By 1942, with World War II under way and widespread U.S. fears that Germany would develop nuclear weapons first and change the course of the war, a consortium of scientists encouraged the American government to launch a major program to develop a new type of bomb based on the fission process, called an atomic bomb. The resulting effort, known as the Manhattan Project and led by physicist J. Robert Oppenheimer, was given high priority and almost unlimited funding to design and build the world's first atomic bomb. To reduce the risk of failure, the project simultaneously developed two types of bombs based on the radioactive isotopes of either uranium 235 or plutonium 239. Both proved to be successful.

Also in 1942, Enrico Fermi and other scientists at the University of Chicago gave the project its first success by initiating a chain reaction in a nuclear reactor, using naturally radioactive uranium to fission in a controlled way. A nuclear reactor is a vessel that in its core contains fuel elements to provide fissionable material, control rods to absorb neutrons and slow the fission, and a moderator to reduce the energy of the neutrons, making them easier to capture in the fission process. Outside the core, reactors also need a way to extract the heat produced, normally using water, and shields to protect people and the environment from the radiation.

After the Chicago success, the project grew rapidly, locating bomb development and technical leadership in Los Alamos, New Mexico; uranium 235 development in Oak Ridge, Tennessee, and Paducah, Kentucky; and plutonium 239 development in Hanford, Washington. In just three years, progress had been so rapid that scientists exploded their first atomic bomb in July 1945 near Alamogordo, New Mexico, based on uranium 235.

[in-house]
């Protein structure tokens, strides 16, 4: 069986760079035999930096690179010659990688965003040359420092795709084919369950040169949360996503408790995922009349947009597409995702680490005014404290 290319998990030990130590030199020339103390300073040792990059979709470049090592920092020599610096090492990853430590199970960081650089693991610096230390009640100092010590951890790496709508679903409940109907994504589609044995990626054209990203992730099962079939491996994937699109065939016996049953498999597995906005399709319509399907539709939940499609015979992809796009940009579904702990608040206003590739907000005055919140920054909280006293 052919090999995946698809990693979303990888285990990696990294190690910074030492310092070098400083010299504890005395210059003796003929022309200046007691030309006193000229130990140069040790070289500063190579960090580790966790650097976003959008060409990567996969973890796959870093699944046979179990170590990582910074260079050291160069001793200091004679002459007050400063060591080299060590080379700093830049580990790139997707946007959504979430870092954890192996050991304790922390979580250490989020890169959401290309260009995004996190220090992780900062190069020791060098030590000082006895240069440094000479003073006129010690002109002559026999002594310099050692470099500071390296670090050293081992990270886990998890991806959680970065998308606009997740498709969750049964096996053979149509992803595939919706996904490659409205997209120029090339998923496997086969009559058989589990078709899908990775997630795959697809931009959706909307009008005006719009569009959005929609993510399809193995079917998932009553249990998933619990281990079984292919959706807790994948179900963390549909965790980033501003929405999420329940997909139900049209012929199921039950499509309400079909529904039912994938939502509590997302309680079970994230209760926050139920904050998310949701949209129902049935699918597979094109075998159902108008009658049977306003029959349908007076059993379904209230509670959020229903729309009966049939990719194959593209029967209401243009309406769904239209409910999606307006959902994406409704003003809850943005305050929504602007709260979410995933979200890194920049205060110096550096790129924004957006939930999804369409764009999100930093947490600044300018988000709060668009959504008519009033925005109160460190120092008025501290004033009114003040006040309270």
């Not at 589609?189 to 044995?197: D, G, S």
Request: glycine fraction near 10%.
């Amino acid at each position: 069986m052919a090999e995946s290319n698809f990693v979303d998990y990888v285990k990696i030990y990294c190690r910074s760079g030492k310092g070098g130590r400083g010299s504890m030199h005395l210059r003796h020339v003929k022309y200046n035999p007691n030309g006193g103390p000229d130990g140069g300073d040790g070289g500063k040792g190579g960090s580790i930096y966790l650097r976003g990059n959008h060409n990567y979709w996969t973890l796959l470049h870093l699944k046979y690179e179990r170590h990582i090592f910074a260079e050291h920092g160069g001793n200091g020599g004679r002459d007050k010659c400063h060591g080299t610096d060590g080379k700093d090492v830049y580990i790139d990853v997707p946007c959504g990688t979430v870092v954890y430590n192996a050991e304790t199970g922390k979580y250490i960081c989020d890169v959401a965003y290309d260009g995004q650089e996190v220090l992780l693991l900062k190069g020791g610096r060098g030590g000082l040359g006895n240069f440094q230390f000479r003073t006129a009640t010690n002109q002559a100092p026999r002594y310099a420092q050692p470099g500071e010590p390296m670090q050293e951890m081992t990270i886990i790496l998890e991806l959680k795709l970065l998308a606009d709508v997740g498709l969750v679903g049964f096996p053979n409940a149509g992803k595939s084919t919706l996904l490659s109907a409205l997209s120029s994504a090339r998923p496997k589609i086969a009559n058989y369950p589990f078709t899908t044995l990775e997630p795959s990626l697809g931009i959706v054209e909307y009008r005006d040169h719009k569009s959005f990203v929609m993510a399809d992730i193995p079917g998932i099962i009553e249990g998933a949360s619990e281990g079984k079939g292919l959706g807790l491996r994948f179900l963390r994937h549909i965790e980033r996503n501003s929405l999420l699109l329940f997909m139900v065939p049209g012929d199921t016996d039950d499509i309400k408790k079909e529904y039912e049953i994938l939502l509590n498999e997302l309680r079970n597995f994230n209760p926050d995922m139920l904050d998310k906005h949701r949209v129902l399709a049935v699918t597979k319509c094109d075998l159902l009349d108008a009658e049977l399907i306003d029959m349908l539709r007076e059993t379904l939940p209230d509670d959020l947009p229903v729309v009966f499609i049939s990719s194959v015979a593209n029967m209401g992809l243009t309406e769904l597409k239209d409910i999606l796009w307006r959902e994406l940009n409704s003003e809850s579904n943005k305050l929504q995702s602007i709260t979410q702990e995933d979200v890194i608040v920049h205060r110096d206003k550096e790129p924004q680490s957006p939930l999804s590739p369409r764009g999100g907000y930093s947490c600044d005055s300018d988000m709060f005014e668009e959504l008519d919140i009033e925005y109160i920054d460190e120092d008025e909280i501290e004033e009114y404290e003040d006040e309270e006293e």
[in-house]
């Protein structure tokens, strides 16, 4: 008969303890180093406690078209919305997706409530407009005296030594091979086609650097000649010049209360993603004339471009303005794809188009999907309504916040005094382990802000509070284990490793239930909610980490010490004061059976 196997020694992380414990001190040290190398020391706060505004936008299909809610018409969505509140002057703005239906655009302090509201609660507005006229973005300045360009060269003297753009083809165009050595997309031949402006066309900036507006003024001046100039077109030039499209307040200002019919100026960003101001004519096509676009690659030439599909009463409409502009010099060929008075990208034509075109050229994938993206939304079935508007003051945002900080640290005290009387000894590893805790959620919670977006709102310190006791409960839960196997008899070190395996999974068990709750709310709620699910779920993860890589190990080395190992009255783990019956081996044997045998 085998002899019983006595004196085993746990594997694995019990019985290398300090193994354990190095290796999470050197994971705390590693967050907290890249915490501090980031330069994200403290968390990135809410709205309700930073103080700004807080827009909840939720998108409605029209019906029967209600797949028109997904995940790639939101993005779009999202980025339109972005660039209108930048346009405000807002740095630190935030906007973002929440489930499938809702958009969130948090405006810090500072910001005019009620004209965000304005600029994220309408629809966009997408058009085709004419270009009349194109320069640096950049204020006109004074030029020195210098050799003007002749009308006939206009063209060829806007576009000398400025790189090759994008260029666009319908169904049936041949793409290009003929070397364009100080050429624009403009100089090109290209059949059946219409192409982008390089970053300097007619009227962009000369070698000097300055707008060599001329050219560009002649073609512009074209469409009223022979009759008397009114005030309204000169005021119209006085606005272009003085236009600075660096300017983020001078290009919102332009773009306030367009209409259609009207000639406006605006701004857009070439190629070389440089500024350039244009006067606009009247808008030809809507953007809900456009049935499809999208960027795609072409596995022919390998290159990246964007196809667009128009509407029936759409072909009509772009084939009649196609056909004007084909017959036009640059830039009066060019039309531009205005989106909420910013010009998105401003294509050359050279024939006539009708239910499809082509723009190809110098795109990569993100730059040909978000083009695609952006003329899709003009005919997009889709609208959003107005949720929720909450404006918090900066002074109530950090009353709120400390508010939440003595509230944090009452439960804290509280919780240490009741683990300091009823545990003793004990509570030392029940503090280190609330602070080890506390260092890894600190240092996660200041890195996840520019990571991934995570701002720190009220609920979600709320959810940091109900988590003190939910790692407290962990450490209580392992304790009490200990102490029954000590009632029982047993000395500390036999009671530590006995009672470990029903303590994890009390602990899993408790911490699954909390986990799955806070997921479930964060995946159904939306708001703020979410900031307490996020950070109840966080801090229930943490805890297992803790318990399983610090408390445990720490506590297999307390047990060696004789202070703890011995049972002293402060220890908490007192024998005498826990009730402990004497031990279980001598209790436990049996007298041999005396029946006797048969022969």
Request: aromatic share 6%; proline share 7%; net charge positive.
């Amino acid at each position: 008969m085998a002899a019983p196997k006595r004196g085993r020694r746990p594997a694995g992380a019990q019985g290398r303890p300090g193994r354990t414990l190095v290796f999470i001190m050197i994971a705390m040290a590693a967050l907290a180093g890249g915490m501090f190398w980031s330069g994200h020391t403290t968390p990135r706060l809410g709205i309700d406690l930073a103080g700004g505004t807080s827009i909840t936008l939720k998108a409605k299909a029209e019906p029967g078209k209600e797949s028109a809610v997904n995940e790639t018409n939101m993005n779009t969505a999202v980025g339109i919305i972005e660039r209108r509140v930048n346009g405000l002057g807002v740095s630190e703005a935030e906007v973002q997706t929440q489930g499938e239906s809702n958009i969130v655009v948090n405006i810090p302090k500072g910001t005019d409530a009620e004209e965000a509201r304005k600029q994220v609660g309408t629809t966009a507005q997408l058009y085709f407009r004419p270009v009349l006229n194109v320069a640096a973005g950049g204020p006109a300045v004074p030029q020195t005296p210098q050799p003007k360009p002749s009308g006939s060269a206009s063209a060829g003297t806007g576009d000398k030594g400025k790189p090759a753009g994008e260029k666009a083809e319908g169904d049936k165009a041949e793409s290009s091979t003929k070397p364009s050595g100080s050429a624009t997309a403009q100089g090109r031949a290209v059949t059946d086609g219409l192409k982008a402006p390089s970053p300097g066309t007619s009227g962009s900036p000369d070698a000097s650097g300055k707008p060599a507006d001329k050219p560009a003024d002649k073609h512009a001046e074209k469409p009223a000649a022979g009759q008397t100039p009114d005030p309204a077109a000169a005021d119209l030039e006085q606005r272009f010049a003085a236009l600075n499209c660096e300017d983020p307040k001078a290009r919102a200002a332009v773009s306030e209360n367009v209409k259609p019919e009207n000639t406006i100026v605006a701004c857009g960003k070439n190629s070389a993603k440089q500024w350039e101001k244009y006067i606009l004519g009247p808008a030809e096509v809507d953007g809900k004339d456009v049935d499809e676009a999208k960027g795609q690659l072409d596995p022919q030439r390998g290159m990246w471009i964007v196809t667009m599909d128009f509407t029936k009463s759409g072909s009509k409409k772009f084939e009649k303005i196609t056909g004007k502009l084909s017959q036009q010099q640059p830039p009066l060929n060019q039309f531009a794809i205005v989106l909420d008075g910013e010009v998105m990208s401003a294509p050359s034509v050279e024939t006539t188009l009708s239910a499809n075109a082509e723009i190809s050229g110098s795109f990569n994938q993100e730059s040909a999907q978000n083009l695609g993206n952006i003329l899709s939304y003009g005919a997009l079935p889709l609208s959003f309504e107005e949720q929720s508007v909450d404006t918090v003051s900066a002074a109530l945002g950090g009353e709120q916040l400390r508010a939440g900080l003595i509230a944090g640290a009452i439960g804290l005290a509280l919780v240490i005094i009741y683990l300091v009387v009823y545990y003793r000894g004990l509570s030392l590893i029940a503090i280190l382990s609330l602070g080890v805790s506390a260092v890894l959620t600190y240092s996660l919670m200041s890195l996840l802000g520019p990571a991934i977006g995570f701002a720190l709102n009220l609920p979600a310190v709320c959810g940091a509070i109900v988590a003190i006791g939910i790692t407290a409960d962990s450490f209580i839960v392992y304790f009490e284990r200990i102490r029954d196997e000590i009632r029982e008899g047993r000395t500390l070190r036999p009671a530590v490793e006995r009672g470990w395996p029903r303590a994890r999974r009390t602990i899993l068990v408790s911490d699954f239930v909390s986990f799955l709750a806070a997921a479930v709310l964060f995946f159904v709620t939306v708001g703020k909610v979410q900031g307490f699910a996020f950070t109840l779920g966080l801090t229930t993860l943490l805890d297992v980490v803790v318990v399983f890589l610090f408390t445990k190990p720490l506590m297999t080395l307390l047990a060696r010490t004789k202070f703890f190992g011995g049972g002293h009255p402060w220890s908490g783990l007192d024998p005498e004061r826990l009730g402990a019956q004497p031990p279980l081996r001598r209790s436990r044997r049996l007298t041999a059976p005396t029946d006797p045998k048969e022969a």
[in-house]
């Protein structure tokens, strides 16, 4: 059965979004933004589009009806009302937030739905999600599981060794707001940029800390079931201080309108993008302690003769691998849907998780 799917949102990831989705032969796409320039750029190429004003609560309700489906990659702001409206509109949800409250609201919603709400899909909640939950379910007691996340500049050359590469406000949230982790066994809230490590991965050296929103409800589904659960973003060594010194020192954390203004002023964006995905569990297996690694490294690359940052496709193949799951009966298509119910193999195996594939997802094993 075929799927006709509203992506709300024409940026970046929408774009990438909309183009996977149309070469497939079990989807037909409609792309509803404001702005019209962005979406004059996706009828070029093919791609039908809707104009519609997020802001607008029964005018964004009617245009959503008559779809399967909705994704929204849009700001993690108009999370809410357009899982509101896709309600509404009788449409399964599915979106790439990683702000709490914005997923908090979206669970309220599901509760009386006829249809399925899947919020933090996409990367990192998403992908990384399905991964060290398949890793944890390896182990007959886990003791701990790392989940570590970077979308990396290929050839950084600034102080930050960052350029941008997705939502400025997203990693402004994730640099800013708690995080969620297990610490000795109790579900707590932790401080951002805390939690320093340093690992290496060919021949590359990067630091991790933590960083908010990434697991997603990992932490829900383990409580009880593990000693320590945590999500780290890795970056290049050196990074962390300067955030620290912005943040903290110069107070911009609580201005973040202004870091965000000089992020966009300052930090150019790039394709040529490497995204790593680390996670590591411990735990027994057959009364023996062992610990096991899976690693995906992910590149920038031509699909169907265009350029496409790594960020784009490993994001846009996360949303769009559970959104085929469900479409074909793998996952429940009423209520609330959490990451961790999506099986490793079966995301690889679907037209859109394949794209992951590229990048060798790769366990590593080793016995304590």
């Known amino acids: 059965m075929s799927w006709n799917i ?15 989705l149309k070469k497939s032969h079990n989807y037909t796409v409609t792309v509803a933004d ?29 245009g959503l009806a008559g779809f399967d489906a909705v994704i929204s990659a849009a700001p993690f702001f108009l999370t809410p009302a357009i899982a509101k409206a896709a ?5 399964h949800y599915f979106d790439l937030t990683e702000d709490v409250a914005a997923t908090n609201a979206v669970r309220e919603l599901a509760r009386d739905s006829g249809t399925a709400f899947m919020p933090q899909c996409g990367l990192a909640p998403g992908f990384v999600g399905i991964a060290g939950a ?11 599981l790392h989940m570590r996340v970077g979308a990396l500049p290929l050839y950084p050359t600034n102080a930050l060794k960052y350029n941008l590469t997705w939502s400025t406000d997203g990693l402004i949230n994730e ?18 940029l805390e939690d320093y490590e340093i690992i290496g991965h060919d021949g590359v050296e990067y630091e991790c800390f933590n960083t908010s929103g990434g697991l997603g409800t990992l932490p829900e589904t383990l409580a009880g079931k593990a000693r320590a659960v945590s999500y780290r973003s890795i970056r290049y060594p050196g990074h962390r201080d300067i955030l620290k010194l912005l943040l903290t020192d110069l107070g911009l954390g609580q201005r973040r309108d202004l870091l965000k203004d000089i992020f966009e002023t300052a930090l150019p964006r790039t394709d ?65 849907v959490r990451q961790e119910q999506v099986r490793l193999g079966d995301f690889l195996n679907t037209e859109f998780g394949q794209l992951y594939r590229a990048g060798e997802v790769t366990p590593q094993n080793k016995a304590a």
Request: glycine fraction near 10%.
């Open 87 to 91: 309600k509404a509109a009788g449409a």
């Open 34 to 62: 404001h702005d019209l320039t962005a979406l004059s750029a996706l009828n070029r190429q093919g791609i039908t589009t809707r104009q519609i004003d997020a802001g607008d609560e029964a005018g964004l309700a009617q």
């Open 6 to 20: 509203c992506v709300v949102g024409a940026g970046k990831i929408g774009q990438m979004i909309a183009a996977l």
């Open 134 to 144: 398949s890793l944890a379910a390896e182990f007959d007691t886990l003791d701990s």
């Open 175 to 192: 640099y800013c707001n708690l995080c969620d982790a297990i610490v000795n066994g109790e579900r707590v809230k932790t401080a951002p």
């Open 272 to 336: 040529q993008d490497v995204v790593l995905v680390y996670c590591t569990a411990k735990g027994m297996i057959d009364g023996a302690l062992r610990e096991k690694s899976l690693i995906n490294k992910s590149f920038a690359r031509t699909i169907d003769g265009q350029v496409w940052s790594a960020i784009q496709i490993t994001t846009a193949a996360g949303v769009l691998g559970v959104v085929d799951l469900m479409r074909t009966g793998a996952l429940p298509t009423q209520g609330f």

In August 1945, two atomic bombs were dropped on Japan, one on the city of Hiroshima and the other on Nagasaki, causing horrible destruction in the two towns but compelling Japan to unconditionally surrender and bringing World War II to an end. Those two attacks remain the only two nuclear bombs actually used in a war, although many bombs were detonated between 1945 and the 1960s for testing purposes.

Post-World War II Development

During the 1950s, nuclear bomb development changed to fusion bombs, called thermonuclear or hydrogen bombs, rather than fission bombs because fusion created far more explosive energy. The fusion process uses extreme temperatures (greater then 10 million degrees) to force hydrogen isotopes like deuterium to fuse, forming helium and releasing even greater energy than from the fission process. Although the radioactive fallout from hydrogen bombs is somewhat less than from atomic bombs, damage from the blast is much worse and covers a much larger area. Many hydrogen bombs were successfully tested during the 1950s.

Not all nuclear weapons are designed for mass destruction. Some weapons, called tactical or theater nuclear weapons, are designed to be fired from cannons against relatively small military targets. Weapons of this type are capable of being distributed to armies in the field but are normally held in safe locations until their use has been approved by high-ranking military officials. The major concern with these weapons is that they can be stolen and sold to terrorist organizations that could then use them against the United States and other countries.

Nuclear technology also spread into other areas of military defense in the second half of the 20th century. Nuclear bombs are useless if they cannot be delivered to the intended targets, spawning much development for delivery vehicles, including long-range nuclear airplanes, submarines, and ships, using a nuclear reactor as the engine for these vehicles. Before large and accurate rockets became operational, a nuclear powered airplane was well into development, but the rockets offered a better solution.